Regional buzz: Navjot Kaur Sidhu’s grouse with CM
Punjab chief parliamentary secretary Dr Navjot Kaur Sidhu, wife of former-cricketer-turned-politician Navjot Singh Sidhu, has a grouse with chief minister Parkash Singh BadalUpdated: Dec 07, 2015 16:37 IST
Punjab chief parliamentary secretary Dr Navjot Kaur Sidhu, wife of former-cricketer-turned-politician Navjot Singh Sidhu, has a grouse with chief minister Parkash Singh Badal. “Because of Bapu Badal (Parkash Singh Badal), I cannot talk to my husband frequently. Our telephones are tapped at his behest,” she said. Her frequent outbursts against the Badals have often put the top functionaries of the state government in an embarrassing position. The CM had to tell her to stop talking in this manner but his advice does not seem to have had much effect on her.
VIPs and logjams
Traffic snarls due to the frequent visits of Punjab deputy chief minister Sukhbir Singh Badal and other VIPs to Ludhiana have been causing inconvenience to people. When the deputy CM visited Shiromani Gurdwara Parbandhak Committee (SGPC) president Avtar Singh Makkar’s house recently for a function, it led to traffic diversion on four roads leading to Model Town Extension, the locality where Makkar lives. Hundreds of cops turned the entire area in to a “fortress”, not allowing anyone to drive through the nearby lanes and roads. People had to wait for four hours to pay obeisance at two famous gurdwaras and a temple adjacent to Makkar’s house, as no one was allowed to enter the locality as long as the deputy CM was there.
Shiromani Akali Dal president and deputy CM Sukhbir Singh Badal’s speeches at Sadbhawna rallies, raking “nationalist” agenda, may not have go down well with the radicals, but the Bharatiya Janata Party (BJP), the SAD’s alliance partner, is amused certainly. “Our purpose is achieved. The Akali party has always been on the fringe, but has changed its ways now. They are saying what we have been preaching for so many years,” said a Punjab BJP leader. Mission accomplished, shall we say?
Haryana chief minister Manohar Lal Khattar, who got more brickbats than bouquets for his performance in first year, appears to be changing tack. After the Bharatiya Janata Party (BJP) workers complained about bureaucracy’s running the show, the CM, in an uncharacteristic response, told them at a feedback session in Faridabad on Thursday that he had set one or two officers right and would tackle the rest in the coming days. The next day also, he did some plain talk with top bureaucrats at a meeting in Chandigarh. “Asking the officers to pull their socks up, the CM said the people are clear about the government’s intent but are not getting the same impression from the working of a section of the bureaucracy,” said an officer. The apparent aim was to give a message that he was in control. Khattar, according to another bureaucrat, would have to back his words with action, if he wants to have some effect on the administration. Actions, they say, speak louder than words — a cliché, but it’s still very much applicable.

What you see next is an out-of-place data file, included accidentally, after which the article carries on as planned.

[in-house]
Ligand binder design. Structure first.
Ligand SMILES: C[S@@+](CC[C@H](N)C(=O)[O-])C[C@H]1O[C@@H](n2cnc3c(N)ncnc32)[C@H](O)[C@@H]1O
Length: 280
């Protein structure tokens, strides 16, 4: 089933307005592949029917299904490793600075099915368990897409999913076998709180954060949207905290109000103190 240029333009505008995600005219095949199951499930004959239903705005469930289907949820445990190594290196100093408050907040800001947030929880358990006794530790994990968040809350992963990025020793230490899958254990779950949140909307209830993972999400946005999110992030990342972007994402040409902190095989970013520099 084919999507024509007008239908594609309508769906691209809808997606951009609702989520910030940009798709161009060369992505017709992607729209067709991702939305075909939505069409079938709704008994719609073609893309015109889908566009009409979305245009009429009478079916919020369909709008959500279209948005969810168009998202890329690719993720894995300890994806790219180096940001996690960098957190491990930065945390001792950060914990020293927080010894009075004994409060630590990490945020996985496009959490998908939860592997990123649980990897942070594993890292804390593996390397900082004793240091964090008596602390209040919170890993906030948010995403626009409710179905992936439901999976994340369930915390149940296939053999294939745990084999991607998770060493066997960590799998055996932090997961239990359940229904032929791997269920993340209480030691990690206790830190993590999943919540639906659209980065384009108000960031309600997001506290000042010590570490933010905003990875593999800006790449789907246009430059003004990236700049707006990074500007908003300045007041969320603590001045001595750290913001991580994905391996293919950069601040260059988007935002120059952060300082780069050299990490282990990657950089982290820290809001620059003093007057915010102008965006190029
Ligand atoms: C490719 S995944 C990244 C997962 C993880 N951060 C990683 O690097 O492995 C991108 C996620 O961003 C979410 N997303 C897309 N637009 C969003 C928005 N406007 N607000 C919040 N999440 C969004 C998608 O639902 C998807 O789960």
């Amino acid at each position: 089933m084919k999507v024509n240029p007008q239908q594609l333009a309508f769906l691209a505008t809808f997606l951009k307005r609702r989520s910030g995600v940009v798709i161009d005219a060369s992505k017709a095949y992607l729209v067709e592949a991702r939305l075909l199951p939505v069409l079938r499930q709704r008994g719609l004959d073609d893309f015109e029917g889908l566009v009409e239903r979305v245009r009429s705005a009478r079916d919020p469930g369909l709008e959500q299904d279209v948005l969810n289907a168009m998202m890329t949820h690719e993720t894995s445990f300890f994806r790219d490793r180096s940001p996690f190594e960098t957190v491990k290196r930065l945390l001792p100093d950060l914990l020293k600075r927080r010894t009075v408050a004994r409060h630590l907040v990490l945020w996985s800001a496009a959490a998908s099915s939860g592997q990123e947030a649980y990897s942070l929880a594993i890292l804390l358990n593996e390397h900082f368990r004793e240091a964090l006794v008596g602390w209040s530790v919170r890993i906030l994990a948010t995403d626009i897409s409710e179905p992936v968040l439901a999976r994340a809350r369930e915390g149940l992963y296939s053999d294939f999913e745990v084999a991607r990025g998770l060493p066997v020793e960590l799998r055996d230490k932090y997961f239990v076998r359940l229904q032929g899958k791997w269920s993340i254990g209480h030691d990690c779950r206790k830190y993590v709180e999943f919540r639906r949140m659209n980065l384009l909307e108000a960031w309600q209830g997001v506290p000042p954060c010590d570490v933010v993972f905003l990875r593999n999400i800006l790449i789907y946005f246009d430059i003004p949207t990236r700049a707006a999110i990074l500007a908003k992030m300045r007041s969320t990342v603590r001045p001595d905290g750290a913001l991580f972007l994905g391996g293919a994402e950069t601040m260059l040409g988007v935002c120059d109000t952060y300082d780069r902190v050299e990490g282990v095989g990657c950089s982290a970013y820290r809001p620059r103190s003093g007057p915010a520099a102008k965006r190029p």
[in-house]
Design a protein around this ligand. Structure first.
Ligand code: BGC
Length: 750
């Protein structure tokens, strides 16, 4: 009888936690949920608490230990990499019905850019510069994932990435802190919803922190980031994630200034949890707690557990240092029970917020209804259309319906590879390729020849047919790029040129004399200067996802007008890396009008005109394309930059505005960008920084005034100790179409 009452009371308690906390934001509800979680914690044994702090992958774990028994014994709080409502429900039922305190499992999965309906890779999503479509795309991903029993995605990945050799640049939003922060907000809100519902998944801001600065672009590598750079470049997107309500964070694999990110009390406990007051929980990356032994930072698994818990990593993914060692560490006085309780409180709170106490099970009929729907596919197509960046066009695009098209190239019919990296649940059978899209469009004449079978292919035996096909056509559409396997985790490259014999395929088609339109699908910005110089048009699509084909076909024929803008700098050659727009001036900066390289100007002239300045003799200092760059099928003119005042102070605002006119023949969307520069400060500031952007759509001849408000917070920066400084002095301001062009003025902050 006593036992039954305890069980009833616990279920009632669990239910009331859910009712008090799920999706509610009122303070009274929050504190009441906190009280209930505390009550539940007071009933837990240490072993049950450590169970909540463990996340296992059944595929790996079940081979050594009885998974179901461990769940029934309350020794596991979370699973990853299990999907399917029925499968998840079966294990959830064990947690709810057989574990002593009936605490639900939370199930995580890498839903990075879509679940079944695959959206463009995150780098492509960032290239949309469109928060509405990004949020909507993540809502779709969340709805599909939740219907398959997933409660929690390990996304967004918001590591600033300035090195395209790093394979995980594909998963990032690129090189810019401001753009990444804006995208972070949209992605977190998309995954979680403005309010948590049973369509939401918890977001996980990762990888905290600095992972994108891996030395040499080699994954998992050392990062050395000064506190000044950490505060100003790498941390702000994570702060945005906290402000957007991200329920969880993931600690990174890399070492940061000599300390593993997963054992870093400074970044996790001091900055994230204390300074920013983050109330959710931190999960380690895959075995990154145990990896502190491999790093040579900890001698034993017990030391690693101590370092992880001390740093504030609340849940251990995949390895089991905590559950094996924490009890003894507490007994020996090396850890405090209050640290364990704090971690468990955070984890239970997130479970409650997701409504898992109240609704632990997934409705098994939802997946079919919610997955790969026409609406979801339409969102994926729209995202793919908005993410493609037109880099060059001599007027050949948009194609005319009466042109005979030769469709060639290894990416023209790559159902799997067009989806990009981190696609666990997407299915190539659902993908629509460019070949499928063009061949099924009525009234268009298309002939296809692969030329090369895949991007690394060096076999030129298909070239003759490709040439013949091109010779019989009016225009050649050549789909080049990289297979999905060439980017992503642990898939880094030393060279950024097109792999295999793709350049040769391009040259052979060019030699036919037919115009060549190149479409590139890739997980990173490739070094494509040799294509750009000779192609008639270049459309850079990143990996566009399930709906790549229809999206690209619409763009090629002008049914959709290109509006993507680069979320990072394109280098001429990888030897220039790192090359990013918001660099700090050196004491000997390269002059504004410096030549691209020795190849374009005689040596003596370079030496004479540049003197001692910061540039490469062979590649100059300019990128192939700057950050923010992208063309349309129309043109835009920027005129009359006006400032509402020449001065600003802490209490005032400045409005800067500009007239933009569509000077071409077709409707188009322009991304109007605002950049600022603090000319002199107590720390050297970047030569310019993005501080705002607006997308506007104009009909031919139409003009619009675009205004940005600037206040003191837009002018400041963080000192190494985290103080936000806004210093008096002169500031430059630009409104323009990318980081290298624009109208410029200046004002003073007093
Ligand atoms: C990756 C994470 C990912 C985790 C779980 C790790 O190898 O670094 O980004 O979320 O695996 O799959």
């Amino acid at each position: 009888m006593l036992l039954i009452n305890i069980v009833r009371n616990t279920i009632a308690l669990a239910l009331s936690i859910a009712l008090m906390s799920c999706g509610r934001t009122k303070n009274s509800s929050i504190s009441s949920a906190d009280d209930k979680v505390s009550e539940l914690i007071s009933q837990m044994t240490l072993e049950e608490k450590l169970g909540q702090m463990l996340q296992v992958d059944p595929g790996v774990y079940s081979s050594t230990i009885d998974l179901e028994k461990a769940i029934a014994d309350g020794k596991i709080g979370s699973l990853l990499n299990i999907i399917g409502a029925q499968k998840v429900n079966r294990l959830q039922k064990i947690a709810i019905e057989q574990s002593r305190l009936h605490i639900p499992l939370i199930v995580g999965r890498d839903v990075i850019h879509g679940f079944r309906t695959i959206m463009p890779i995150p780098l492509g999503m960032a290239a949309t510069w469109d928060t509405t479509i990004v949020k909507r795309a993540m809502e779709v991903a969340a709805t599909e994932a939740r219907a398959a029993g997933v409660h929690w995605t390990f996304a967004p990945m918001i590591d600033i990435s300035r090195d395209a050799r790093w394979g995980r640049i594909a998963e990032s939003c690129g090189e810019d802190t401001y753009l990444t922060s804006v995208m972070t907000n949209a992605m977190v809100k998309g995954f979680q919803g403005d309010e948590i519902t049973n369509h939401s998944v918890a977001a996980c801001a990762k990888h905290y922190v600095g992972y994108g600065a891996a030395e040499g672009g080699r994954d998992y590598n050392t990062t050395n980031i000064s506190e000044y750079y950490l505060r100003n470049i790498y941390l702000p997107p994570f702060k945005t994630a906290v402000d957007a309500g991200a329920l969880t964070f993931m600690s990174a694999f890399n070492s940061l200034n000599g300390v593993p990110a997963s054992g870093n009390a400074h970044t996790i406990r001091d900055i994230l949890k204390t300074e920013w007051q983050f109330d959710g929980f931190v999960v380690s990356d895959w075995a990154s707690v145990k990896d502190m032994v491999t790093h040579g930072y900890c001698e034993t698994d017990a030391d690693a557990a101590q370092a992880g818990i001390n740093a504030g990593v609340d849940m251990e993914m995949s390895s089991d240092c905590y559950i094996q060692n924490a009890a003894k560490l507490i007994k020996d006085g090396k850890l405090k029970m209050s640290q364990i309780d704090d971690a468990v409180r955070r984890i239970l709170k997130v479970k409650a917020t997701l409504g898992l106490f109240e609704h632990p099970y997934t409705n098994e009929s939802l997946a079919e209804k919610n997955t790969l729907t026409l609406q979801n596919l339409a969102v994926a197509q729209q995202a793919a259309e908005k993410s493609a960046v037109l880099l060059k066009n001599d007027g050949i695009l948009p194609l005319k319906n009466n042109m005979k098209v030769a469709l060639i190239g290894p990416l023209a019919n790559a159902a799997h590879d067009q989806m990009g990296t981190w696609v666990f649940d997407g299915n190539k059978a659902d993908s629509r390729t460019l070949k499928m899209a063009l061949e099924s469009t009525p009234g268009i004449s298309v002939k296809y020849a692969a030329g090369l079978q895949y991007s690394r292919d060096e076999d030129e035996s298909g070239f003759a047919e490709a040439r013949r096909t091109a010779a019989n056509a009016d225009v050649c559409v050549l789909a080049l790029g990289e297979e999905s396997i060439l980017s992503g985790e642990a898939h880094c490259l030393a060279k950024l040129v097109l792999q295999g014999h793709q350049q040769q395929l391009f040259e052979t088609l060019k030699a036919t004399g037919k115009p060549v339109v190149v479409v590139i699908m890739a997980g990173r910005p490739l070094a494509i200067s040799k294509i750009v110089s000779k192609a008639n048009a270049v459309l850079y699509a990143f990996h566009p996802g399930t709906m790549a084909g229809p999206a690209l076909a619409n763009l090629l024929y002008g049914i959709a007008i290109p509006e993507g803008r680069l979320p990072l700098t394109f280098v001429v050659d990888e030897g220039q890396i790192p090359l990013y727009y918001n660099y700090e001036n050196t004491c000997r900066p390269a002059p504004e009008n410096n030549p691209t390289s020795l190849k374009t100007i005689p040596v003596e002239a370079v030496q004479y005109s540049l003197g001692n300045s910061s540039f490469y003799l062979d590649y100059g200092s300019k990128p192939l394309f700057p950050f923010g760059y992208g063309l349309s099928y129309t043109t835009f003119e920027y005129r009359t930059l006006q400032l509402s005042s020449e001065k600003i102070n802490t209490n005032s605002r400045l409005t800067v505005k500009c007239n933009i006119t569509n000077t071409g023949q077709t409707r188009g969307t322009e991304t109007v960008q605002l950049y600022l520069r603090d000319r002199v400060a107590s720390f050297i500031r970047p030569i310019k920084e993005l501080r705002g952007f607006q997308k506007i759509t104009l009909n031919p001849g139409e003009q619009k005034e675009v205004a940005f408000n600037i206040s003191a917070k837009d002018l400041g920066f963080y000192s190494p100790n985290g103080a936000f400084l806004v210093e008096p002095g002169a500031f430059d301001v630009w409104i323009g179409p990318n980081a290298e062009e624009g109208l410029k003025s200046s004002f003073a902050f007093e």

Brief the RSS
That Rashtriya Swayamsevak Sangh (RSS), widely seen as “ideological parent” of the saffron party, has considerable say in the Bharatiya Janata Party (BJP) government in Haryana is well known. The CM and the ministers brief the RSS top brass regularly and several non-officials appointed in the government also have association with the organisation. But some state bureaucrats were surprised when they saw four-five “unfamiliar faces” at an official meeting recently to discuss the investment meet, Happening Haryana, that the Khattar government plans next year. “The non-official participants, whose RSS and BJP connections were obvious, discussed the event details, spoke authoritatively and contributed some ideas. Such things usually do not happen,” said a bureaucrat. While the mandarins didn’t know how to react, the presence of non-officials in the meeting became a talking point in the top echelons of bureaucracy in the state.
Chairing a meeting of administrative secretaries in Chandigarh, Haryana chief minister Manohar Lal Khattar decided to test the resolve of his officers on corruption. While the meeting was on the launch of CM’s e-dashboard to monitor the government’s online services, he reminded the officers about a communication sent by the chief secretary 11 months ago regarding a list of officials facing corruption charges. The CM said he would appreciate if the same was expedited or the officials themselves gave out information “voluntarily”. “The CM’s strange voluntary disclosure scheme” is how it was viewed in the corridors of power.
Passed by the Haryana Vidhan Sabha last week, the obituary resolution on the demise of Vishva Hindu Parishad (VHP) leader Ashok Singhal was punctuated with grammatical mistakes. It read: “This House places on record its deep sense of sorrow on the sad demise of Ashok Singhal… He was associated with Rastriya Sawyam Sewak Sangh (sic) from his student life… they (sic) become (sic) joint general secretary of Vishav Hindu Parishad (sic) in 1980 and general secretary in 1984… They (sic) remained international executive president of VHP upto more than 20 yeares (sic)… They were proficient in Hindustani music… the nation has deprived off (sic) the services of a combative (sic) organiser due to his sad demise. This House express (sic) its sentiment…”